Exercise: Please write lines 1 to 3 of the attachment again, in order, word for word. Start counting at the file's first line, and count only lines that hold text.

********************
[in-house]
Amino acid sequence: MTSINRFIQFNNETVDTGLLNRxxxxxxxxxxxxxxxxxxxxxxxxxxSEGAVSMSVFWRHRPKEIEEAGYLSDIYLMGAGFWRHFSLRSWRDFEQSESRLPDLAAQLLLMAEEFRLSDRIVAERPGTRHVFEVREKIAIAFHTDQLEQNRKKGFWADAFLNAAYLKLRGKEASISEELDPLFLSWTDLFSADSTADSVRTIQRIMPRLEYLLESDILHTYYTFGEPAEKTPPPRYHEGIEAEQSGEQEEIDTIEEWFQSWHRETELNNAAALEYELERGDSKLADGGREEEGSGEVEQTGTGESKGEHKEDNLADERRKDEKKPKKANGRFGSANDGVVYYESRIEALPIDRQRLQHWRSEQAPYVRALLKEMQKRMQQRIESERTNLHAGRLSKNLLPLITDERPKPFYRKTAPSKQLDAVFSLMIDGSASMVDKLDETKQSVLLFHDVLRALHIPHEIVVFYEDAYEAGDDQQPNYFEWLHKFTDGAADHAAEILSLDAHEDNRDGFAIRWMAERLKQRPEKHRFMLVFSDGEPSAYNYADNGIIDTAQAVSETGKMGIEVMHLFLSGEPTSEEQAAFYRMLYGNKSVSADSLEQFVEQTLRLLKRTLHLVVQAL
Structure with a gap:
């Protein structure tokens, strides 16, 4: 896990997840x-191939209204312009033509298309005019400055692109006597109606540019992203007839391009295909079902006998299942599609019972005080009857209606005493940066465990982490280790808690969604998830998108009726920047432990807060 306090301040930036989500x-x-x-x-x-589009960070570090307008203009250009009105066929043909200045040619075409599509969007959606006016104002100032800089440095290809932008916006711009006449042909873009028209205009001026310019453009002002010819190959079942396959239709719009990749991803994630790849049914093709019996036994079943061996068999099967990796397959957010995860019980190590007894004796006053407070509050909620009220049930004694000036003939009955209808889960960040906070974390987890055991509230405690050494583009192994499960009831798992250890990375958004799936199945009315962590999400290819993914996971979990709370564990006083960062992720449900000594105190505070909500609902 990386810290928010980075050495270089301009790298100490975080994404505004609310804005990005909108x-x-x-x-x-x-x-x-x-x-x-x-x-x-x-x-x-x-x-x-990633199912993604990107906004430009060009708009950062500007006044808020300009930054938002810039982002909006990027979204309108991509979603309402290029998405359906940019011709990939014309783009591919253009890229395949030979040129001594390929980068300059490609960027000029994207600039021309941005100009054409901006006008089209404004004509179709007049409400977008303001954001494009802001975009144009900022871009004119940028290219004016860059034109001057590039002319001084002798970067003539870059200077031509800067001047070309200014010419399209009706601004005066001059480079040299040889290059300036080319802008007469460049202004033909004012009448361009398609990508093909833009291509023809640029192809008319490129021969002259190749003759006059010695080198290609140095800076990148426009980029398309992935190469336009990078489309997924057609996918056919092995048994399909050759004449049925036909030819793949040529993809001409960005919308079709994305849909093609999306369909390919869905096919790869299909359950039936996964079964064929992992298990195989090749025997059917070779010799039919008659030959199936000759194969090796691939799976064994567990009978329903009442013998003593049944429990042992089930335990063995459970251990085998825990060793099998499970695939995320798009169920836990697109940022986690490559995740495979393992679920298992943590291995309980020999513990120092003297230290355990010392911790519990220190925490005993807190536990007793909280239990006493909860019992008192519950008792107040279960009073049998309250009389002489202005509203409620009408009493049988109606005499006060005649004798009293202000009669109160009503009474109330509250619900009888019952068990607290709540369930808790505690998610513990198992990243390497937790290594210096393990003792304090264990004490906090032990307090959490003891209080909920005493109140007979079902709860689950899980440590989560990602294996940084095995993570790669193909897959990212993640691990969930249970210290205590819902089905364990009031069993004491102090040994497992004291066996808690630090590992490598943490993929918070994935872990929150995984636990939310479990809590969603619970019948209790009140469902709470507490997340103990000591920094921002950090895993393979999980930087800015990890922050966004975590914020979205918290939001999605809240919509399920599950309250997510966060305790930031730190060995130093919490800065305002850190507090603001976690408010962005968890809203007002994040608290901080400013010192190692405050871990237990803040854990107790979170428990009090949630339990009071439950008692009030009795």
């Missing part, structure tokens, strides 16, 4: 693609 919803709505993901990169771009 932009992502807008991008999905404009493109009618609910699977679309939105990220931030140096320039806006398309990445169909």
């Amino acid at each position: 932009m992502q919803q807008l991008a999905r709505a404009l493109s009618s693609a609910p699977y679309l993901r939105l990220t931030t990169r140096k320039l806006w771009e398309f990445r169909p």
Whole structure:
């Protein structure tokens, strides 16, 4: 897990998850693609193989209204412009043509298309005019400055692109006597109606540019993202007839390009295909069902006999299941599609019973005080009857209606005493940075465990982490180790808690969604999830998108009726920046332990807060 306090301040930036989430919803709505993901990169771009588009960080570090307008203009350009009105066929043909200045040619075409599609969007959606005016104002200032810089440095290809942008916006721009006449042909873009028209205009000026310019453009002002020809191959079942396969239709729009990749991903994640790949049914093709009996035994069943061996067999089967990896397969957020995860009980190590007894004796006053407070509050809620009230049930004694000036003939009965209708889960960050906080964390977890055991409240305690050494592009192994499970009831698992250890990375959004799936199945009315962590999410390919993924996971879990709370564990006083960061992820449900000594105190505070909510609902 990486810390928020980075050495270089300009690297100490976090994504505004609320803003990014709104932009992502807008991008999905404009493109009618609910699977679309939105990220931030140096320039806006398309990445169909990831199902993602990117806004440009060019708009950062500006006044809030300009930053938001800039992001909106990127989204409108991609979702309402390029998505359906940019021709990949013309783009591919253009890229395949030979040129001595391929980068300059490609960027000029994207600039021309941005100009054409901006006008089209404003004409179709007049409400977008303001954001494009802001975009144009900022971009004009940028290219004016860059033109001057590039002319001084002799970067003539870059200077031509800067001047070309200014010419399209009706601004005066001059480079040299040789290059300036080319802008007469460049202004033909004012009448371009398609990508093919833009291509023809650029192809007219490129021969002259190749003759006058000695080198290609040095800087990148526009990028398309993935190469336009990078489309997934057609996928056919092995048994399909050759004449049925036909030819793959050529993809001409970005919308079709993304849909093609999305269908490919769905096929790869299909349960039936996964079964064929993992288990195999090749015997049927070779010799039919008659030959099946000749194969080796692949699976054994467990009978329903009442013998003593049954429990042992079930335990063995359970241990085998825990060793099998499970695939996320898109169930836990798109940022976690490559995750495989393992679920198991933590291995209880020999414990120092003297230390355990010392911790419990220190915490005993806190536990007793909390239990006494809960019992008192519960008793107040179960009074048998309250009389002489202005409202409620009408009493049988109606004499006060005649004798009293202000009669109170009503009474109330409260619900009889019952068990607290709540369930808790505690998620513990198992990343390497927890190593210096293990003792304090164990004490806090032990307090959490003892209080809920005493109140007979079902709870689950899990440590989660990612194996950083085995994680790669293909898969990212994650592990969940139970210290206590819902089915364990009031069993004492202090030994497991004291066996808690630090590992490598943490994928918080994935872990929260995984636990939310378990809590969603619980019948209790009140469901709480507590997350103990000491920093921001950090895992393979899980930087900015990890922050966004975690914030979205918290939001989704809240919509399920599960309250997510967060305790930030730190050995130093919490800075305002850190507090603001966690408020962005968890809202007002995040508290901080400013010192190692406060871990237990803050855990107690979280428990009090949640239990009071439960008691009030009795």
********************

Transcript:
[in-house]
Amino acid sequence: MTSINRFIQFNNETVDTGLLNRxxxxxxxxxxxxxxxxxxxxxxxxxxSEGAVSMSVFWRHRPKEIEEAGYLSDIYLMGAGFWRHFSLRSWRDFEQSESRLPDLAAQLLLMAEEFRLSDRIVAERPGTRHVFEVREKIAIAFHTDQLEQNRKKGFWADAFLNAAYLKLRGKEASISEELDPLFLSWTDLFSADSTADSVRTIQRIMPRLEYLLESDILHTYYTFGEPAEKTPPPRYHEGIEAEQSGEQEEIDTIEEWFQSWHRETELNNAAALEYELERGDSKLADGGREEEGSGEVEQTGTGESKGEHKEDNLADERRKDEKKPKKANGRFGSANDGVVYYESRIEALPIDRQRLQHWRSEQAPYVRALLKEMQKRMQQRIESERTNLHAGRLSKNLLPLITDERPKPFYRKTAPSKQLDAVFSLMIDGSASMVDKLDETKQSVLLFHDVLRALHIPHEIVVFYEDAYEAGDDQQPNYFEWLHKFTDGAADHAAEILSLDAHEDNRDGFAIRWMAERLKQRPEKHRFMLVFSDGEPSAYNYADNGIIDTAQAVSETGKMGIEVMHLFLSGEPTSEEQAAFYRMLYGNKSVSADSLEQFVEQTLRLLKRTLHLVVQAL
Structure with a gap: